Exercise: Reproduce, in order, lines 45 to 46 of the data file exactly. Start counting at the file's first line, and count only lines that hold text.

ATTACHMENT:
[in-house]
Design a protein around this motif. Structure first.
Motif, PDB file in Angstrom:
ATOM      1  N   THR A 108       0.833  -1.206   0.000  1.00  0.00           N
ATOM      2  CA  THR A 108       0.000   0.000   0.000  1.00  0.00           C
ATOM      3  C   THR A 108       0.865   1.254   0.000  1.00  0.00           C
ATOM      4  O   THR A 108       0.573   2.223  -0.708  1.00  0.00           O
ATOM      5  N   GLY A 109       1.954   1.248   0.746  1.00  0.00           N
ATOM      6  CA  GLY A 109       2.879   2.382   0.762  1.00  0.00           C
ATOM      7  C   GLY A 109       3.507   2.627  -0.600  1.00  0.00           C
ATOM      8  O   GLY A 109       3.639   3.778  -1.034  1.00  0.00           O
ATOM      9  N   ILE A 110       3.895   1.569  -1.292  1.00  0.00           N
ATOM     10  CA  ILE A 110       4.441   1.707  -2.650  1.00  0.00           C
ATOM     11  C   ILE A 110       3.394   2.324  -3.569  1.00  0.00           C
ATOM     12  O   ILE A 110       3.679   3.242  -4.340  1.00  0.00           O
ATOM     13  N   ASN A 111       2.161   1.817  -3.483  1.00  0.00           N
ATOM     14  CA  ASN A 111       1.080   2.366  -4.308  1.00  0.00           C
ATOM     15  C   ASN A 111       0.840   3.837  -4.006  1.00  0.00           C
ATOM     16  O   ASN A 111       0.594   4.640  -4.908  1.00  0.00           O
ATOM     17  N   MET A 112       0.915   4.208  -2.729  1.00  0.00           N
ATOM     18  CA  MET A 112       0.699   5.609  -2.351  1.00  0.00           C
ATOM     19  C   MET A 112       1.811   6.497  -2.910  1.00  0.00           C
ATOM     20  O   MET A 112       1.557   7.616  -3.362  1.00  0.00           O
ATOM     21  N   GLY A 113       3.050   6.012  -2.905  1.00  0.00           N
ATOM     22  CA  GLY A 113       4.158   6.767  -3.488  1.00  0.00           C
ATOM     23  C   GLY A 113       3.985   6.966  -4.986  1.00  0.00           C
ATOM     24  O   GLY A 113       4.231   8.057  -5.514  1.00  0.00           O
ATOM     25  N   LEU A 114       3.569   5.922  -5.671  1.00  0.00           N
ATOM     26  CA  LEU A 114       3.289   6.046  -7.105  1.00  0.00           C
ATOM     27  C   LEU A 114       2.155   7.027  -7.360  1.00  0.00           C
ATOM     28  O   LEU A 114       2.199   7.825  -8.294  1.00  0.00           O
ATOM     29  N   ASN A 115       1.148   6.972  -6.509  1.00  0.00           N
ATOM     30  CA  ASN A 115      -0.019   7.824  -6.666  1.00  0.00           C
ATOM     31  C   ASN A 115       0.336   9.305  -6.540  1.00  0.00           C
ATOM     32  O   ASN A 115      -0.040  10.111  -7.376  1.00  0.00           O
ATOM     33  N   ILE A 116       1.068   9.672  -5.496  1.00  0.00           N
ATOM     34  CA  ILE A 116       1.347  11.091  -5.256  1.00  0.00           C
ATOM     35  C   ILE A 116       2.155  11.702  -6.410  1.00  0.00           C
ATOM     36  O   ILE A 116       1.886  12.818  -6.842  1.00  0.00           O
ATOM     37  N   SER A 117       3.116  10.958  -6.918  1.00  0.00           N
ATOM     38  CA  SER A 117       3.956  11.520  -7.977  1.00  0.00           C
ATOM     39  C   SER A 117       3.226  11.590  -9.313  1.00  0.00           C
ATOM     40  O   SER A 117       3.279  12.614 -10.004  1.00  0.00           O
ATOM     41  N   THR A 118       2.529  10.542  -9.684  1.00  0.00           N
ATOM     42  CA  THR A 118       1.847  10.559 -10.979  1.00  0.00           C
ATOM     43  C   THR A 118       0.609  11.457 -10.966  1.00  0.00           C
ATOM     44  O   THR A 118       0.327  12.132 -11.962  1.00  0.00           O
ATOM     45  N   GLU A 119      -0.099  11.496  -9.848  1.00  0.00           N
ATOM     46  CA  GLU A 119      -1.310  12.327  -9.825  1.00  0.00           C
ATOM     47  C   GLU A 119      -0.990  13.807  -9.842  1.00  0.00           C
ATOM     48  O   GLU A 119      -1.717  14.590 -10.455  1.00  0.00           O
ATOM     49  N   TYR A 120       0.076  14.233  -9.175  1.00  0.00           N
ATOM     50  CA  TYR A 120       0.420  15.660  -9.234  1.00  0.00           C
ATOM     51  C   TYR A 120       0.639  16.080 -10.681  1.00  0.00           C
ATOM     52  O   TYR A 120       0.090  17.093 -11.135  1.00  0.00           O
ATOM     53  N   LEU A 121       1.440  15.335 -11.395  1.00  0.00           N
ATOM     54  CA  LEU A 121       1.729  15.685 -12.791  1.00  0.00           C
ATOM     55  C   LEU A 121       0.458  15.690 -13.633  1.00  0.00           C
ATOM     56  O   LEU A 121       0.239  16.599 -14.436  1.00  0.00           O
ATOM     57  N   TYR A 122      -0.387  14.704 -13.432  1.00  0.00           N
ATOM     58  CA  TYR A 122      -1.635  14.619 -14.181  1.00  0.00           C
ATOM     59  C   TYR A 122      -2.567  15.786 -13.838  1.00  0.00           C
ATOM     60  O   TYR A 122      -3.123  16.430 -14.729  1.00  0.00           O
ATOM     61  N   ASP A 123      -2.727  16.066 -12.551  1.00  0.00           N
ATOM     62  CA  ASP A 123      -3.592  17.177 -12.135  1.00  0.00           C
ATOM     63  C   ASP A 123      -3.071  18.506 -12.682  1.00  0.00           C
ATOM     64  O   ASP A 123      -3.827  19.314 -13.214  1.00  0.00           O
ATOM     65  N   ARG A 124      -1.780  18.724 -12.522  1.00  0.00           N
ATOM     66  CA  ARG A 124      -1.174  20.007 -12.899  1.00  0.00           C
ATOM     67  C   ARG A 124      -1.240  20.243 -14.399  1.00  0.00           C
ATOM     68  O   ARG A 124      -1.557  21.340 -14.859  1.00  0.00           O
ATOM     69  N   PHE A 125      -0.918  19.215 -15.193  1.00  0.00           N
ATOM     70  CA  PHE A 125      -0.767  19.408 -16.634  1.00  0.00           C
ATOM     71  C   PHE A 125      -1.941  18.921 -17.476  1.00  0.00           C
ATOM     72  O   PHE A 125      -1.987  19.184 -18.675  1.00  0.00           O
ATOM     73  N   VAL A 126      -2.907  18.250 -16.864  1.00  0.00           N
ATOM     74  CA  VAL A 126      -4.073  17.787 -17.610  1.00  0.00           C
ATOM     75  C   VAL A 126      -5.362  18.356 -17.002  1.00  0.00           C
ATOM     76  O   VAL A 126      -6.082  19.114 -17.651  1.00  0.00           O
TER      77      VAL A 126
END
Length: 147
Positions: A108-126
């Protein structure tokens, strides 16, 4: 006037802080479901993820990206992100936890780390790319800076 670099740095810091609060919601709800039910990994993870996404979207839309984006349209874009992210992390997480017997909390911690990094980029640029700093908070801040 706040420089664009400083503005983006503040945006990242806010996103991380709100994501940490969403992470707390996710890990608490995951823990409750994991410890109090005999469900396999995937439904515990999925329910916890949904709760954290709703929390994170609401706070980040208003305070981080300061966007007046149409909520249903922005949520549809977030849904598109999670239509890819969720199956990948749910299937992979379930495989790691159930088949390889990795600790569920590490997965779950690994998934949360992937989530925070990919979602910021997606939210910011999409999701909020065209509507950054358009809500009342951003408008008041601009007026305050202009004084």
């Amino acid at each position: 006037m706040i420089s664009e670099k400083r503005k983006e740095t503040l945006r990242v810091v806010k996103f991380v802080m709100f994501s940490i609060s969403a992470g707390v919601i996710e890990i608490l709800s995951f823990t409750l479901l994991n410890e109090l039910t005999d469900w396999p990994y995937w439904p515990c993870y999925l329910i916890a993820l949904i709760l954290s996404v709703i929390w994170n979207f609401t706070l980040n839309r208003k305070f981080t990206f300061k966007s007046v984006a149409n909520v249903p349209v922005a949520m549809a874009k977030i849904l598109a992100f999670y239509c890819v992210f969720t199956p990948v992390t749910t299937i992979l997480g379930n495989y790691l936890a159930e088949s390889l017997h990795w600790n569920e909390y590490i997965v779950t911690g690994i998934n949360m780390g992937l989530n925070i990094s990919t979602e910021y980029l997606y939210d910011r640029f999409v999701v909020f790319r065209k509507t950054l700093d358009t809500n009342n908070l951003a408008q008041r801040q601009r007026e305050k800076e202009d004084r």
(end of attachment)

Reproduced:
ATOM     42  CA  THR A 118       1.847  10.559 -10.979  1.00  0.00           C
ATOM     43  C   THR A 118       0.609  11.457 -10.966  1.00  0.00           C